Researchers from the Cullen College of Engineering at the University of Houston have developed a novel system that makes it possible to detect lead in drinking water using a smartphone.
The device is both low-cost and reusable, and may be available to consumers in the future.
“We were inspired by the water crisis that happened in Flint city and news about the lead-contaminated water in several states recently,” said Wei-Chuan Shih, an associate professor of electrical and computer engineering.
In April 2014, the city of Flint in Michigan switched its drinking water source from Lake Huron and the Detroit River to the Flint River in an effort to make drinking water more affordable in the city.
Residents quickly began noticing discolored brown or orange water coming out of their faucets, and many started to become sick. Some developed skin rashes or lost hair from showering in the water; some noticed that it tasted like metal coin.
They were experiencing symptoms of lead poisoning.
Due to substandard water treatment, the highly corrosive quality of the Flint River water, lead leached from lead water pipes into the drinking water, exposing thousands of Flint residents — including some 9,000 children — to dangerous levels of lead.
The crisis motivated Shih and his team to develop a system that would make it easy for average people to test for lead in their water system.
“One of the reasons that caused the Flint water crisis to become so big was because of the slow response by the Environmental Protection Agency (EPA),” said Shih.
“We believe these crises can quickly be prevented if the citizens can monitor the water in their own home and contact the local government for faster response and better measurement.”
The research team designed a novel lens that, when applied to a smartphone, can detect tiny particles present in contaminated water.
The smartphone system can be used to detect lead concentrations as low as 5 parts per billion (ppb) in tap water, well below the EPA standard of 15 ppb.
The test is more accurate than current tests available to consumers, which are only capable of detecting lead concentration in the parts per million (ppm) range. As a result, these tests are not very useful for detecting trace, but dangerous, amounts of lead that may be present in tap water.
Here’s how the new smartphone system works:
First, the user will add a fix amount of chromate ion (CrO₄²⁻) to lead-contaminated water. The lead ions (Pb+2) react with the chromate ion to produce lead chromate (PbCrO4), a highly insoluble and bright yellow chemical.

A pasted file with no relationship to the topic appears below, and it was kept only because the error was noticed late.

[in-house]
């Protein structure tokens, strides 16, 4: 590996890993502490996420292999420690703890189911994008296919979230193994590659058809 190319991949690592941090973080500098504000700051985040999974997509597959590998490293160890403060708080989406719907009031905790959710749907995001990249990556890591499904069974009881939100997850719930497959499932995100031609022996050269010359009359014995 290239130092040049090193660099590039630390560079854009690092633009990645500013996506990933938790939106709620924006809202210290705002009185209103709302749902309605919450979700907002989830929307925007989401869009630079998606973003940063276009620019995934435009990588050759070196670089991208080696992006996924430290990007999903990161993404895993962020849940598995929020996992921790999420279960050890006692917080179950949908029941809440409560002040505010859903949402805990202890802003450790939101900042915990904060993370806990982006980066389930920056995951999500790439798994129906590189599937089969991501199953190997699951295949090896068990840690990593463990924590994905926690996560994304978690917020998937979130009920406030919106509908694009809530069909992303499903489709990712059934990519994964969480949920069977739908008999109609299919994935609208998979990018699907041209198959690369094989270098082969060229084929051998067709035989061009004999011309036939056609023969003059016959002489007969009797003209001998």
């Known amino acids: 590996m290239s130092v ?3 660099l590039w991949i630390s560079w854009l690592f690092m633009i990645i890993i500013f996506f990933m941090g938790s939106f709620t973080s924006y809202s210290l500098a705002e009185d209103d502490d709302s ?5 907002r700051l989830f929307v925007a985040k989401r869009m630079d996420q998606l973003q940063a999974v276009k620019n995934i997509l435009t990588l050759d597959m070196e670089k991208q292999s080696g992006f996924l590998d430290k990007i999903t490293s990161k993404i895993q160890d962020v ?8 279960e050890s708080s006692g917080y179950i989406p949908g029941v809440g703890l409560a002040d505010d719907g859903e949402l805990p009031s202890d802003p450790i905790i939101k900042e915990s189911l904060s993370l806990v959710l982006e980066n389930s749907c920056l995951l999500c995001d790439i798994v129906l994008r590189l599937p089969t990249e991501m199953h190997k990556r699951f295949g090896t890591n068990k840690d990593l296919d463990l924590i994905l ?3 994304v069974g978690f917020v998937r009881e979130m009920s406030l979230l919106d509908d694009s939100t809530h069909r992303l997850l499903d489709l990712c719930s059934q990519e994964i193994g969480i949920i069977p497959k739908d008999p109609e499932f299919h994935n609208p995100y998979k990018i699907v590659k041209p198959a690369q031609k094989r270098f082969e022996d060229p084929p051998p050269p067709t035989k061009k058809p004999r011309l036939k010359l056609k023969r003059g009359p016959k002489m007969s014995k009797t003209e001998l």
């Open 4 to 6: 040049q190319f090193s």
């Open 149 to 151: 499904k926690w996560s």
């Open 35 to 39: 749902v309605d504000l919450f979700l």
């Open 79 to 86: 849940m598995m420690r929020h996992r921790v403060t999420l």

“At minute concentration of lead ion in the water, these yellow precipitates are very small, can be at nanoscale, and completely invisible to the naked eye,” said Shih. “However, with our smartphone set up, we can capture these tiny yellow particles in a digital image to confirm the presence of lead ions in the water.”
The key to the process is a specially-treated lens that transforms any smartphone into a highly accurate digital imaging system capable of displaying tiny particles. Shih helped develop the unique process for creating this lens in 2015.
The lens is made of a silicon-based polymer called polydimethylsiloxane. The polymer is rapidly cured on a flat surface at a high temperature. The process manipulates the shape of the polymer such that the side in contact with the flat surface flattens while the other side curves, forming a plano-convex lens.
When placed over the camera on a smartphone, the smartphone effectively becomes a microscope capable of fluorescence and dark-field microscopy. This microscope can then be used to analyze the concentration of the lead chromate nanoparticles in the water sample.
The lead concentration can be determined based on the intensity of the yellow particles in the image.
Though the test doesn’t compare to those currently used by regulators, it is very accurate compared to those that are already commercially available, according to Shih.
“For the consumer test kits, they are not designed for testing lead ions at ppb concentration. Their detection limit is in the ppm range,” he said. “They also only offer qualitative measurement. In both aspects, our smartphone test is better.”
Shih also noted that the main method used by regulators, a process called inductively coupled plasma mass spectrometry (ICP-MS), is much more accurate. However, he explained, the new smartphone test produces results faster, requires fewer samples, is cheaper, and is more portable, so it makes much more sense for consumer use.
The smartphone system is not yet available for sale, but the team has plans to develop it for the consumer market, Shih said. He believes the price could be as low as $100.
Sam Benezra is a graduate of Ohio University with a B.A. in History from the Honors Tutorial College. He is a native of Brooklyn, New York. Sam enjoys writing on a variety of subjects, including science, music, politics, film. In his spare time, he enjoys traveling, playing guitar, and writing songs.